BY JULIA CIRIGNANO
If you’ve attended a show by JKB Entertainment Group/Limelight Magazine, there is a good chance that Brad Stevens was in the audience. In fact, Stevens has attended over 3,000 concerts in his lifetime and continues to be an avid concert goer.
Stevens said that his favorite thing about going to concerts is seeing the bands perform live. He loves the energy and being part of the excitement.
“I just like live music,” Stevens said. “I like the crowd and seeing the bands perform the songs live.”
The first concert Stevens ever attended was Van Halen and Black Sabbath at the Cape Cod Coliseum in 1978. Black Sabbath has continued to be Stevens favorite band to see in concert, seeing them 33 times and he has never been disappointed
While Black Sabbath will always be Stevens first love and favorite band to see in concert, he mentioned some of his other favorites.
“The Who, Deep Purple, UFO and Saxon,” Stevens said.
Stevens has many crazy concert stories and chose to share one with us.
“I went to see Black Label Society in Hartford, Connecticut,” he began. “I stayed with my brother-in-law who lives in a housing development in Hartford. To park on one side of the parking lot you needed a permit and the other side was for guests. So, we got back from the concert and all the guest spots were taken and the permits were open so he said ‘park in the permit’. Then, I’m laying in bed at like four in the morning and I wake up and I can see a bright light shining through his window and I look out and the guy’s towing my car. I throw my clothes on real quick and ran out there. It had just rained and I fell in a big mud puddle. I was covered from head to toe. He didn’t tow my car. I ran over and told him my story.”
Although Stevens has attended many concerts, he wishes he’d seen Led Zeppelin.
“I haven’t seen Led Zeppelin,” he said. “I wanna cry.”
Stevens also wished he’d seen several deceased musicians such as Jimi Hendrix, John Lennon, John Bonham, and Jim Morrison.
Stevens said that his favorite venue is the Narrows Center for the Arts, located in Fall River, Mass.
“The Narrows is great,” he said. “It’s small and intimate with friendly people and staff. You’re close to the stage and the sound is excellent.”
Stevens has seen many concerts at the Narrows Center. One of his favorites was Y&T which was booked by JKB Entertainment Group. He also enjoyed The Yardbirds, which was also booked by JKB, and Ian Hunter.
Stevens talked about the worst venue he’s ever been to located in Worcester, Mass.
“The worst venue is The Palladium,” he said. “The sound is horrible. The security is like Nazi’s. It’s horrible. It’s cold, like a dungeon, and dirty.”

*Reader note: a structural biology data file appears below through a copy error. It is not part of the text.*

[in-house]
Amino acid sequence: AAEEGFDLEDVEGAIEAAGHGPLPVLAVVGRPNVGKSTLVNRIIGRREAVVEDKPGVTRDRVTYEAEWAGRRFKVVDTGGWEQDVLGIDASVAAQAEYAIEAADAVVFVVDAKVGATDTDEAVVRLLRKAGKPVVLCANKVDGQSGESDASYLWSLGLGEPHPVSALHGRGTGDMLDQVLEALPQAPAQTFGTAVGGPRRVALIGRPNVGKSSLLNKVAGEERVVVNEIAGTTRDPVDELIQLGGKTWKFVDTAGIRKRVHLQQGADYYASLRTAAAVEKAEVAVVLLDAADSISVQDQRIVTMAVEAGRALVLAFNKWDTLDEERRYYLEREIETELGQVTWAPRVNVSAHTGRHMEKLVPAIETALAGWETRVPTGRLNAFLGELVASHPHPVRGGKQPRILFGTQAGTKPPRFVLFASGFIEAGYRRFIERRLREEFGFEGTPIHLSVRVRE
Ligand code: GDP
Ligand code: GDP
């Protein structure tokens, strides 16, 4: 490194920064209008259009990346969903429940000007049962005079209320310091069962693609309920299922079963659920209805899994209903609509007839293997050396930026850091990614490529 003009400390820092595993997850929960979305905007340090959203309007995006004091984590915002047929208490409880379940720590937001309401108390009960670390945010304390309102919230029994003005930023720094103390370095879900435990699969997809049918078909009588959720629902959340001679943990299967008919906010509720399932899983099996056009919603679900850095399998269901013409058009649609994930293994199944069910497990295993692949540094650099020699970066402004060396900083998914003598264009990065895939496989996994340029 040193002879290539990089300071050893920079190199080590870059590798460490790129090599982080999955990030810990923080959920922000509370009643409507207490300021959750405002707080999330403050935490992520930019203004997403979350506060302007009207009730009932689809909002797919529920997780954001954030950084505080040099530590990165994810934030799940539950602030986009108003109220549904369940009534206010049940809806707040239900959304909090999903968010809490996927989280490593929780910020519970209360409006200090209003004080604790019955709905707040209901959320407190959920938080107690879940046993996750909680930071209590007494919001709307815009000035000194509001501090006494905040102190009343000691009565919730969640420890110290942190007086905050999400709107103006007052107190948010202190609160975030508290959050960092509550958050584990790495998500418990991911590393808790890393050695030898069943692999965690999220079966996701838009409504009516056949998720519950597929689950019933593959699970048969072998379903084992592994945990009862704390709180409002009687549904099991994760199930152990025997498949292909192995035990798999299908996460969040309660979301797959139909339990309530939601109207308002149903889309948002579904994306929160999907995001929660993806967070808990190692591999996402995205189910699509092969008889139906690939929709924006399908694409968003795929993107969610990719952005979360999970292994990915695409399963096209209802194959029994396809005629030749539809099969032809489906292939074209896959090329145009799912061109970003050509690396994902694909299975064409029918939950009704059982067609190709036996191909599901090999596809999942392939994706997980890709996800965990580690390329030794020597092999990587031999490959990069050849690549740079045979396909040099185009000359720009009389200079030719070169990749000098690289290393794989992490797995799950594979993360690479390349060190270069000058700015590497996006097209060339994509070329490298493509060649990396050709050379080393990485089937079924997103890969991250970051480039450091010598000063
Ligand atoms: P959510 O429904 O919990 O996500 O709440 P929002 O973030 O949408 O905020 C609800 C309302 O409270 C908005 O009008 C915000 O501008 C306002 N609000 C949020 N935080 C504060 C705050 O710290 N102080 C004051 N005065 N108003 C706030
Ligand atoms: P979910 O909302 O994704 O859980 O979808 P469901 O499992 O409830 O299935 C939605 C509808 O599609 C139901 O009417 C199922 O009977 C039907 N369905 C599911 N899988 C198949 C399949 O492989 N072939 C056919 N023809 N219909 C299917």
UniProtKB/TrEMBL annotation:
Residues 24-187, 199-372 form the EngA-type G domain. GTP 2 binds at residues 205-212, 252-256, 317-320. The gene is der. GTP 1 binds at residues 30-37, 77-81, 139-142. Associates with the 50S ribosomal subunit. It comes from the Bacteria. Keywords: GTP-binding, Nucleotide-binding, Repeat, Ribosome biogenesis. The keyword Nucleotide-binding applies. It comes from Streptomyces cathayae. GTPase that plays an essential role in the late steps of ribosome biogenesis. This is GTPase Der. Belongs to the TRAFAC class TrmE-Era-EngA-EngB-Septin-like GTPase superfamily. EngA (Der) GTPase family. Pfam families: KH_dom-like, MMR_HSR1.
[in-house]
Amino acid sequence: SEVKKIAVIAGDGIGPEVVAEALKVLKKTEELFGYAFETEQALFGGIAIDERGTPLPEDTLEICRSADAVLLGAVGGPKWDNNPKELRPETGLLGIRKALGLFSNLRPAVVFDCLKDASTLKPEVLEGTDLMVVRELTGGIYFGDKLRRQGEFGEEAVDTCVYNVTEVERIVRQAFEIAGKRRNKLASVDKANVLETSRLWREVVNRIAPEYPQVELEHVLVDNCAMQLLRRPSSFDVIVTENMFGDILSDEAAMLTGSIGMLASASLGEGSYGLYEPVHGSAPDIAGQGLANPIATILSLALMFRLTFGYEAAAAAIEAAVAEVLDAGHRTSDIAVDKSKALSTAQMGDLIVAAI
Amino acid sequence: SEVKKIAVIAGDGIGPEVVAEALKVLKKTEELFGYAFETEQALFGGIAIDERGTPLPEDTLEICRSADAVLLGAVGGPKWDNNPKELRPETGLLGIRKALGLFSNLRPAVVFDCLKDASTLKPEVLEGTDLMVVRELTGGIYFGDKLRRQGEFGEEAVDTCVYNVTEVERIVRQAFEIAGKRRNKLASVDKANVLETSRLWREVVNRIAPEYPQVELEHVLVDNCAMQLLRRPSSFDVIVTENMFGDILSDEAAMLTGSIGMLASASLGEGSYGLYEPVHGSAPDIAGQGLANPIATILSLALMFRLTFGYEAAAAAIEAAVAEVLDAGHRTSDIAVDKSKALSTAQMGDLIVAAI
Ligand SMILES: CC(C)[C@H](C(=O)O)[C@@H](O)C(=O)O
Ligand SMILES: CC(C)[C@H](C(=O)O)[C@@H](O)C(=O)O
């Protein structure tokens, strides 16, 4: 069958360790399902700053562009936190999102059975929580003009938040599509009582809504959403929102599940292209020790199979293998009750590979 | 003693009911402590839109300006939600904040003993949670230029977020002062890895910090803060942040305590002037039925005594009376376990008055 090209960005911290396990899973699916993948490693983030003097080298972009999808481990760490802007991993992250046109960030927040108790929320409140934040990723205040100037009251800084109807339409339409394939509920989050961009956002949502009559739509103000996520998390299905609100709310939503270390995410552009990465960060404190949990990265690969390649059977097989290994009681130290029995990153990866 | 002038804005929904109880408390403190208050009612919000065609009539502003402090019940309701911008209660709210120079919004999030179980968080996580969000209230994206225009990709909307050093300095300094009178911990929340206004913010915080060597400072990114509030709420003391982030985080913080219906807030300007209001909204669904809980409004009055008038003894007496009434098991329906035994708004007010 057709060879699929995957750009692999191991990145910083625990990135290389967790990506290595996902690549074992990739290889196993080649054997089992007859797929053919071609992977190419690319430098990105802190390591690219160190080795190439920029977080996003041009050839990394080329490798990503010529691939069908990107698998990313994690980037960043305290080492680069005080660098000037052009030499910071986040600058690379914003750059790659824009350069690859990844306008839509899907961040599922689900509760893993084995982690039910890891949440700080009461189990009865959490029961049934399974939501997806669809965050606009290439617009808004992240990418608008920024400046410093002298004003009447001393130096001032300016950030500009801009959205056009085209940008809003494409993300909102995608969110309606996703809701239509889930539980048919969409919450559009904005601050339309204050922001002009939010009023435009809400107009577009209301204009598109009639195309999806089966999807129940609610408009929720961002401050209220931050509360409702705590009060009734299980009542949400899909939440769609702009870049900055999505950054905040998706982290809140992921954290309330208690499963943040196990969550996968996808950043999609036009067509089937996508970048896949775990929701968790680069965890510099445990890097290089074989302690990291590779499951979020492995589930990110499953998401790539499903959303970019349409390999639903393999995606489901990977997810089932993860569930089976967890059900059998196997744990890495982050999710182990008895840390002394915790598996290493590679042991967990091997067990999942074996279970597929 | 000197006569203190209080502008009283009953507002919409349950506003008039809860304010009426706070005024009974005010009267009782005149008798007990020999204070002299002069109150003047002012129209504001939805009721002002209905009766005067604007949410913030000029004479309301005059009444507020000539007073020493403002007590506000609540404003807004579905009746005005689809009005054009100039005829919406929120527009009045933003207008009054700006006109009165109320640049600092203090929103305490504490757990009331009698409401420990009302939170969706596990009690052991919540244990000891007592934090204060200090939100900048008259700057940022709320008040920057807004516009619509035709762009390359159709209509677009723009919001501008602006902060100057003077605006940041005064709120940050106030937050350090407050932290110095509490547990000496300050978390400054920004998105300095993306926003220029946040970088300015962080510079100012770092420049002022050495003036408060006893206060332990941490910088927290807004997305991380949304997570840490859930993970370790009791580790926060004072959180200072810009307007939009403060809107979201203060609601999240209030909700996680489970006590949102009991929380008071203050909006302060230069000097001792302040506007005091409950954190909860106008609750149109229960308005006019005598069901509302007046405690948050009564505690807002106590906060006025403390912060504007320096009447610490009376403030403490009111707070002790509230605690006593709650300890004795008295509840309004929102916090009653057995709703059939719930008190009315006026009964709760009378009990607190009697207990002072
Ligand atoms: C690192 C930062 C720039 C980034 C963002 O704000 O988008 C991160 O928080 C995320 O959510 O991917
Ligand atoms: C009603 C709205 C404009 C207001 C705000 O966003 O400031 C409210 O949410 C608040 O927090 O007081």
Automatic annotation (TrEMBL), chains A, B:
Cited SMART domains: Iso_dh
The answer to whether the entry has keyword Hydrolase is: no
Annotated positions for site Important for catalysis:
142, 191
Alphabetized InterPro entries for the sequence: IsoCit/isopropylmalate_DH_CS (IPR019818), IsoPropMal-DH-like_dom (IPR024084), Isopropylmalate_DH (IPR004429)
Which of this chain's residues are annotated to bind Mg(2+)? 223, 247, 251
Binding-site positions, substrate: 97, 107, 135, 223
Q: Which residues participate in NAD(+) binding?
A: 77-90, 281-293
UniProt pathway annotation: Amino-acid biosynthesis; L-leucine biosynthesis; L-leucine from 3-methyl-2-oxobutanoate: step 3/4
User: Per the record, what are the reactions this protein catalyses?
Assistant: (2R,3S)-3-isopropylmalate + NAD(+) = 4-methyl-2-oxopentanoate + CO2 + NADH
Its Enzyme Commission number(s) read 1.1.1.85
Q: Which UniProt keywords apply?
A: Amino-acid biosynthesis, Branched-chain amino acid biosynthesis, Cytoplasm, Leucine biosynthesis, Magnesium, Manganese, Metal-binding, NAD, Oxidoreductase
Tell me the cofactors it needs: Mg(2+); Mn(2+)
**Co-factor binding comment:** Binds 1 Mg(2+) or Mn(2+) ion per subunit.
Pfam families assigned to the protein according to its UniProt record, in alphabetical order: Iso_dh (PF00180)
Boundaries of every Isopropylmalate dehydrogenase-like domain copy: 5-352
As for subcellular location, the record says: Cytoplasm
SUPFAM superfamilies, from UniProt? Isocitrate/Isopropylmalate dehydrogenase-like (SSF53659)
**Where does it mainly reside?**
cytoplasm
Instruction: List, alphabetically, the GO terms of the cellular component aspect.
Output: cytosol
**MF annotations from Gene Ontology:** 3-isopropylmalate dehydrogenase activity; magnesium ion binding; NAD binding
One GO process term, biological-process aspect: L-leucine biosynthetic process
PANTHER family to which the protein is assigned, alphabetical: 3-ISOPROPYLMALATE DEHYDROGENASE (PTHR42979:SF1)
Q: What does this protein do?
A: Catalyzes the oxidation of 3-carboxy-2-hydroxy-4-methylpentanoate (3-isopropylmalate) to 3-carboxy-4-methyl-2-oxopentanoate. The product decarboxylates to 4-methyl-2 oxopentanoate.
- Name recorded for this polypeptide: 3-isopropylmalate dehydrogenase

Stevens does admit though that he sometimes goes to The Palladium as a last resort because they book a very specific type of music that that he enjoys called European Power Metal.
Stevens also talked about the tickets he already has for shows this year.
“UFO and Saxon (at Brighton Music Hall), Blue Oyster Cult (at Stadium Theatre), just got them today,” he said. “Also, Mack Sabbath, they sound good, they sound like Black Sabbath.”
He’s also purchased tickets to several events booked at the Narrows Center booked by JKB Entertainment Group, including Candlebox Acoustic (on March 25th), Vanilla Fudge with Paul Bielatowicz (on April 5th), Y&T (on May 2) and Stryper’s Michael Sweet (on June 2). He planned to purchased tickets to Black ‘N Blue on July 20th but had already bought tickets to see Tom Petty and the Heartbreakers that night in Boston.
Stevens said that there haven’t been many musicians that he saw that he was greatly disappointed with although he doesn’t like when bands get political.
“Bands like Pearl Jam, Bruce Springsteen, Roger Waters, they get political and I don’t like that,” he said. “Back in the 80’s, U2 had a political cause for what was going on in Ireland. Now it’s either the Trump of Hilary thing. I don’t care about your political cause or what your politics are. You like who you like, we all like who we like. Everybody’s different. I don’t know, I don’t like your influence. Just play your music.”
Stevens also has another concert pet peeve: when musicians don’t play for very long.
“I went to see ZZ Top. I paid $115 for the ticket and they played 65 minutes,” he said. “You know, you expect someone to play at least 100 minutes. That was disappointing. I would never go see them again.”
Stevens enjoys seeing bands like Rush who play for nearly three hours.
“Rush is fantastic,” he said. “I paid $170 for them and that’s worth the money.”
While Stevens believes that some bands are worth the money, he is outraged at how much concerts cost nowadays.
“That’s another disappointment: the price of these concerts now,” he said. “How can an average fan really afford that? The first time I saw Rush in 1980 I paid $8. Same thing with Black Sabbath, $7.50. Now it’s $200.”
Stevens said his favorite new album is Preludes & Etudes by Paul Bielatowicz. He has also seen him perform solo (with Simon Fitzpatrick) three years in a row at the Narrows Center.
“I like that instrumental type of music,” Stevens said.